Microsoft's original Surface with Windows RT earned high praise for its design, but it was a flop in the marketplace. One year later, Microsoft is back with a beefed-up Surface 2. Can this year's model earn the respect that eluded its predecessor?
When I reviewed the original Surface with Windows RT a year ago, I concluded by saying "This is a product that will get better with age."
A year later, Microsoft's audacious ARM-powered tablet is back, in a new package, the Surface 2, with something to prove. The platform has, indeed, improved dramatically in the past year.
Upgrading the old Surface to Windows 8.1 breathed new life into the hardware, suggesting that Windows 8.1 and Internet Explorer 11 include lots of performance tuning. After a year on the market, there are far more apps to choose from than there were when the Surface debuted.
And the in-box apps are much better too. Crucially, the original weak Mail app has been replaced in Windows RT 8.1 with not one but two alternatives—Microsoft Outlook is included as a part of Office 2013 RT, and the new Mail app included with Windows RT 8.1 is light-years ahead of its predecessor. Likewise, the kludgey, messy Music and Video apps that were included with the initial release of Windows RT and Windows 8 have been replaced by sleek, polished new versions in Windows RT 8.1.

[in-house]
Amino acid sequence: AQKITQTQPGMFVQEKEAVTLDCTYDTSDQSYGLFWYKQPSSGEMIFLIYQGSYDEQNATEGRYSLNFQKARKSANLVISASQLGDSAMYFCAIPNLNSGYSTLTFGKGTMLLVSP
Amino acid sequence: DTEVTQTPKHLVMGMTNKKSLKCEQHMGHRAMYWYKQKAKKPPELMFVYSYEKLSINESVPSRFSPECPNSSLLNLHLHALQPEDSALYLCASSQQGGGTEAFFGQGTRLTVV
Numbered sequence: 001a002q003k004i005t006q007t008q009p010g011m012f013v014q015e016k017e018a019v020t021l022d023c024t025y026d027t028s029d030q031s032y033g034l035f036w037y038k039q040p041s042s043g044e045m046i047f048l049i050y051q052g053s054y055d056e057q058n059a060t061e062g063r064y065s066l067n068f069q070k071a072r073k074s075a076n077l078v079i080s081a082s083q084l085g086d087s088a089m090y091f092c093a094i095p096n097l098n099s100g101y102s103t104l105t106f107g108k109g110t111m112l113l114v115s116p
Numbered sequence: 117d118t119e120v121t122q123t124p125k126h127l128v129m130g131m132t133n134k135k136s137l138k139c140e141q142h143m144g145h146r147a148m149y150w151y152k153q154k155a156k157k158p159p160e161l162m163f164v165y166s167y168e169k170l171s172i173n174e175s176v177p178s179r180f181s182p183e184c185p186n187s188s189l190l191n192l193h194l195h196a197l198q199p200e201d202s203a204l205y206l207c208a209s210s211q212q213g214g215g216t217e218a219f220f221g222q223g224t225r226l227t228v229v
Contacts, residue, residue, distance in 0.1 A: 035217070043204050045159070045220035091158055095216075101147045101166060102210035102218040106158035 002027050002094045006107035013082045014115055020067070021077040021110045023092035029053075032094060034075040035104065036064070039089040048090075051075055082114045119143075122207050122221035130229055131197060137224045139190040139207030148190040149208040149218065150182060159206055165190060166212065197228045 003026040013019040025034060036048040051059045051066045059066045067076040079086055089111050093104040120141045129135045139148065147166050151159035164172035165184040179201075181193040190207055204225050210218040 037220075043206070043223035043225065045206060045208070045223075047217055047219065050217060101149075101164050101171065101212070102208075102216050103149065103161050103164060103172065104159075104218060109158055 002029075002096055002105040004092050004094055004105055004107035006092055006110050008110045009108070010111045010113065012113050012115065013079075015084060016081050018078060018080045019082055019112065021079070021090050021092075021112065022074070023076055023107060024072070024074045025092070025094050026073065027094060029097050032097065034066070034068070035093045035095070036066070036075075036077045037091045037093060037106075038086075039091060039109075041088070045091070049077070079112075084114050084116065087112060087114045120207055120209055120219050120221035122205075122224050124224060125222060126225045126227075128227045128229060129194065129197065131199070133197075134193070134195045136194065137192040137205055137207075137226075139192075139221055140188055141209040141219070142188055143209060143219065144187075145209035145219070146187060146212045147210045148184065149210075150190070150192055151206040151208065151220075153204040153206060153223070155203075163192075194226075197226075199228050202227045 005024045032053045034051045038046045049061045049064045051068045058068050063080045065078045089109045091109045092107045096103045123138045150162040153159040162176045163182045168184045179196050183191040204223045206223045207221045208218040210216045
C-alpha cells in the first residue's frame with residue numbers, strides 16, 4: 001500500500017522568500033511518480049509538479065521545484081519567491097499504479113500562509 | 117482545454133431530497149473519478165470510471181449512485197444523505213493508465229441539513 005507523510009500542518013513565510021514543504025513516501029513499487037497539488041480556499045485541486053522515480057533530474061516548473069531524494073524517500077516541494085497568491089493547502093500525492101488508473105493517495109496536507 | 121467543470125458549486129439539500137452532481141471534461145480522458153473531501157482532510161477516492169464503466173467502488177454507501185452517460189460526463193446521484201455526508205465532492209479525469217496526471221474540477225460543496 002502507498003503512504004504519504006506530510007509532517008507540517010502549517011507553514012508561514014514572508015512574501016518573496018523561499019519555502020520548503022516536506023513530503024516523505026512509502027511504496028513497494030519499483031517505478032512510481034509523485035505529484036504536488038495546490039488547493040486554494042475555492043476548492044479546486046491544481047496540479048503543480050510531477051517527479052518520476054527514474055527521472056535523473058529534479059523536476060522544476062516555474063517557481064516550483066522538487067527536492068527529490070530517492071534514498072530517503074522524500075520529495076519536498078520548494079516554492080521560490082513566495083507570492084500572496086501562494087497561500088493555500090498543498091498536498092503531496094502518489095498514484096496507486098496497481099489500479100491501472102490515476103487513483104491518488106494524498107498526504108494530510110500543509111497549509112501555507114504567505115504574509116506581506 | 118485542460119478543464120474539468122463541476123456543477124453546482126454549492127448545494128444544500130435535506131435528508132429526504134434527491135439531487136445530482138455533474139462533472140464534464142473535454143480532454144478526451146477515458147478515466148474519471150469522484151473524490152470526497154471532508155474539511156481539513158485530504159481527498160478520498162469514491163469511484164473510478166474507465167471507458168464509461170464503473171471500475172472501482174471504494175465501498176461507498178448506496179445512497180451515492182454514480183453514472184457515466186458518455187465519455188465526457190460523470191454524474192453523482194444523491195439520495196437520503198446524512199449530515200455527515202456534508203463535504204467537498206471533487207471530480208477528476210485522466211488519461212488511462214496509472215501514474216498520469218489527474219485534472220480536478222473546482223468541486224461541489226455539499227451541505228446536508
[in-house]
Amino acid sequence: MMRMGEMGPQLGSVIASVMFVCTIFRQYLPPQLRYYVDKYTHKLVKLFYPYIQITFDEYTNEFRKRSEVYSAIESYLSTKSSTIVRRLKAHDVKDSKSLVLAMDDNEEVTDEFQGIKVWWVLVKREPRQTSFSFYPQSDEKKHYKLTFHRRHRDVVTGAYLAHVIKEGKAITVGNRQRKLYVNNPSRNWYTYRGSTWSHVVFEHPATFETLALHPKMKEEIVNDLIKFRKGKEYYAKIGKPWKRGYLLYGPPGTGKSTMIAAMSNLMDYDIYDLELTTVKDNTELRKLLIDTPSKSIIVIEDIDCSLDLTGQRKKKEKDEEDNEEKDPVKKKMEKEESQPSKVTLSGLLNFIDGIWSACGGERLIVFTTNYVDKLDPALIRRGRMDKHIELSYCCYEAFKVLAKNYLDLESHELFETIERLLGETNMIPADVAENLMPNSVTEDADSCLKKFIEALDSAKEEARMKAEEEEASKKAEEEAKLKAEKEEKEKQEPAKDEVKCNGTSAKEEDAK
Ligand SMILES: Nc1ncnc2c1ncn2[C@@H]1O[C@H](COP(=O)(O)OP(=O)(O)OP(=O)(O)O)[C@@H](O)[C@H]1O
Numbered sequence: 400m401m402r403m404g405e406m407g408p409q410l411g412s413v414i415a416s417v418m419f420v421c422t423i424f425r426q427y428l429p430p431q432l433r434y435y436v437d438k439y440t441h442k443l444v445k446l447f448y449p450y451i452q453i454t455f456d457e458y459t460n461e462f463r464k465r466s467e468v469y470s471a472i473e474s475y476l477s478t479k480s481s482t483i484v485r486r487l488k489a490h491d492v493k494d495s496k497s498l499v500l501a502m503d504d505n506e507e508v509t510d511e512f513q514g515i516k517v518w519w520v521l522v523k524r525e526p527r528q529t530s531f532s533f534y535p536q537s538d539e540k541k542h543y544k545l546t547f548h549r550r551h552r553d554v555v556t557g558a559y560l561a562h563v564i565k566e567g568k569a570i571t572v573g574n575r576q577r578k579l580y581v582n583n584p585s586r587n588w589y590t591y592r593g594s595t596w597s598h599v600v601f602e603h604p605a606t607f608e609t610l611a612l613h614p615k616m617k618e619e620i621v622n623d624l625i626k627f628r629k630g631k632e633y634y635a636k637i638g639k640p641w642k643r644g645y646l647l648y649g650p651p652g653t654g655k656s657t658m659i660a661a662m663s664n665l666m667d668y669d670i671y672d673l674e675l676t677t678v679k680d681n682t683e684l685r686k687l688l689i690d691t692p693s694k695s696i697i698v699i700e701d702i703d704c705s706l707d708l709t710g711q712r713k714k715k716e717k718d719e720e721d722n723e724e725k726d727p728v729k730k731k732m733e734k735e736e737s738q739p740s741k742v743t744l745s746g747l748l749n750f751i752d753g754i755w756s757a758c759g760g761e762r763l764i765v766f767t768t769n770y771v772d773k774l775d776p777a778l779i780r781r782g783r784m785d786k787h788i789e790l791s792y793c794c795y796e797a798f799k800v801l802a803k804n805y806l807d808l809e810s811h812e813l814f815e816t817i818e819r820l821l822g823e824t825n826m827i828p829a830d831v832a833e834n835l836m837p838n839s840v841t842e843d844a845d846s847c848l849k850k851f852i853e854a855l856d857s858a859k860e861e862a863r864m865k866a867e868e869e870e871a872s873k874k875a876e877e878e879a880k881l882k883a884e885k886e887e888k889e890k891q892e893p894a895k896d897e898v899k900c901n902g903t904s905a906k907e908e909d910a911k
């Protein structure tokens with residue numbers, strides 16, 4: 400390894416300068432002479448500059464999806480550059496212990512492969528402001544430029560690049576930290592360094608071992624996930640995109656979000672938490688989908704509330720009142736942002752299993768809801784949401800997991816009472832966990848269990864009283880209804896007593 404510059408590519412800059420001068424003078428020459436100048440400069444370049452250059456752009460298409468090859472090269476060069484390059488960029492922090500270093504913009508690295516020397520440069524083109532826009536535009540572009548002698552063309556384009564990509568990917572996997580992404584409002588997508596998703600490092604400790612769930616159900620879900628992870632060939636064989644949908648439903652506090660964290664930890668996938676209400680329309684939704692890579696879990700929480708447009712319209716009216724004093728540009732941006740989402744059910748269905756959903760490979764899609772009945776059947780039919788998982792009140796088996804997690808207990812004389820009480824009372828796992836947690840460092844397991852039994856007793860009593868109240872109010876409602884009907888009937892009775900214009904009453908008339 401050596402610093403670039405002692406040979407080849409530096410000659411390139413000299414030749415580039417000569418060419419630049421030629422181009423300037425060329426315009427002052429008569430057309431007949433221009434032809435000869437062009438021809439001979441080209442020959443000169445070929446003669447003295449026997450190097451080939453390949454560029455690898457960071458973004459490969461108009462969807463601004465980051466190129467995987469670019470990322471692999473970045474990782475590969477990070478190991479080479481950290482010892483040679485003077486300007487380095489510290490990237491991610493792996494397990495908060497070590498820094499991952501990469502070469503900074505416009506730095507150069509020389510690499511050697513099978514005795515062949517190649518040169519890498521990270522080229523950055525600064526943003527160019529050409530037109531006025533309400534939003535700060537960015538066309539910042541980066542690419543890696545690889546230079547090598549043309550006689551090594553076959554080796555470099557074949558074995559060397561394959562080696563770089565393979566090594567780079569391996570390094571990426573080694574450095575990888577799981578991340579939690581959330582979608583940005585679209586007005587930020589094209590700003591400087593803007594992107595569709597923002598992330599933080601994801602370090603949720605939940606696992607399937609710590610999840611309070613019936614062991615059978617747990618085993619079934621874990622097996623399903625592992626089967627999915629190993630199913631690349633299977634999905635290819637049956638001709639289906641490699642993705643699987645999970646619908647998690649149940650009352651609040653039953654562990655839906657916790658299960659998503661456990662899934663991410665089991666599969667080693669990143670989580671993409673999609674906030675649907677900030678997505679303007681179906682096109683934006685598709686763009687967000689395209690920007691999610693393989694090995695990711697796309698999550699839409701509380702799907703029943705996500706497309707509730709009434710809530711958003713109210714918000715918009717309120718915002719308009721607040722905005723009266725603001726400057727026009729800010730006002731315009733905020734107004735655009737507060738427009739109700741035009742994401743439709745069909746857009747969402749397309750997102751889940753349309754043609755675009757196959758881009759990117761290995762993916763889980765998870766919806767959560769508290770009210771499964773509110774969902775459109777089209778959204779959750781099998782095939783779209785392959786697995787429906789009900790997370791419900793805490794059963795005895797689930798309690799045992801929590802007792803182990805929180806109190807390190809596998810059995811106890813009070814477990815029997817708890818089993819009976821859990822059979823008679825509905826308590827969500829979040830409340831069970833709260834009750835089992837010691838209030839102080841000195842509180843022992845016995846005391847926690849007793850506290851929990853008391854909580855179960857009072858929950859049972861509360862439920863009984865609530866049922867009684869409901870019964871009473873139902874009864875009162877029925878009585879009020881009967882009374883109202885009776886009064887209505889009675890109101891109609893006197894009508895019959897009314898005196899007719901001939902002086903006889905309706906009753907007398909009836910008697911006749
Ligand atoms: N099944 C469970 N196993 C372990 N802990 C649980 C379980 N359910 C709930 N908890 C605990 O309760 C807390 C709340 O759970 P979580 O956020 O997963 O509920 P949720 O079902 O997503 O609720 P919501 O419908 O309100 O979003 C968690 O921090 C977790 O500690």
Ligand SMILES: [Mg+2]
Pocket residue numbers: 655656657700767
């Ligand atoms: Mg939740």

Those changes are substantial, but they pale next to the hardware changes in the Surface 2.
This year's model has the same overall design as the original Surface, but a closer look reveals a wealth of small but meaningful changes:
The case is still magnesium, but the color is a softer silver, compared to the dark VaporMg finish on last year's Surface and both Surface Pro incarnations. The lighter color means the device isn't a magnet for fingerprints.
There's a quad-core Nvidia Tegra 4 (with 72 graphics cores) under the hood, which makes just about every operation noticeably faster than last year's model, which used a Tegra 3 with 12 graphics cores. The only time I noticed any lag in performance was when I connected an external monitor via the mini-HDMI connector and used the device in a dual-monitor setup.
One of the signature features of the original Surface, its kickstand, now snaps to a second position, making it much more comfortable to balance on a laptop, with or without a Touch Cover or Type Cover. That's not a configuration you'll want to use for long stretches, but it's more than sufficient for brief bursts of work that require a keyboard and trackpad.
The screen has exactly the same physical dimensions—10.6 inches diagonally, with a 3/4-inch black bezel on all four sides—but the resolution is full HD, 1920 x 1080, compared to the previous version's 1366 x 768. The new display is startlingly crisp and sharp.
The front and back cameras are both upgraded, with a 3.5MP front-facing camera and a 5MP camera on the rear that's capable of capturing 1080p video. The built-in Camera app also shoots in burst mode, capturing 10 images and letting you choose the one you want to keep.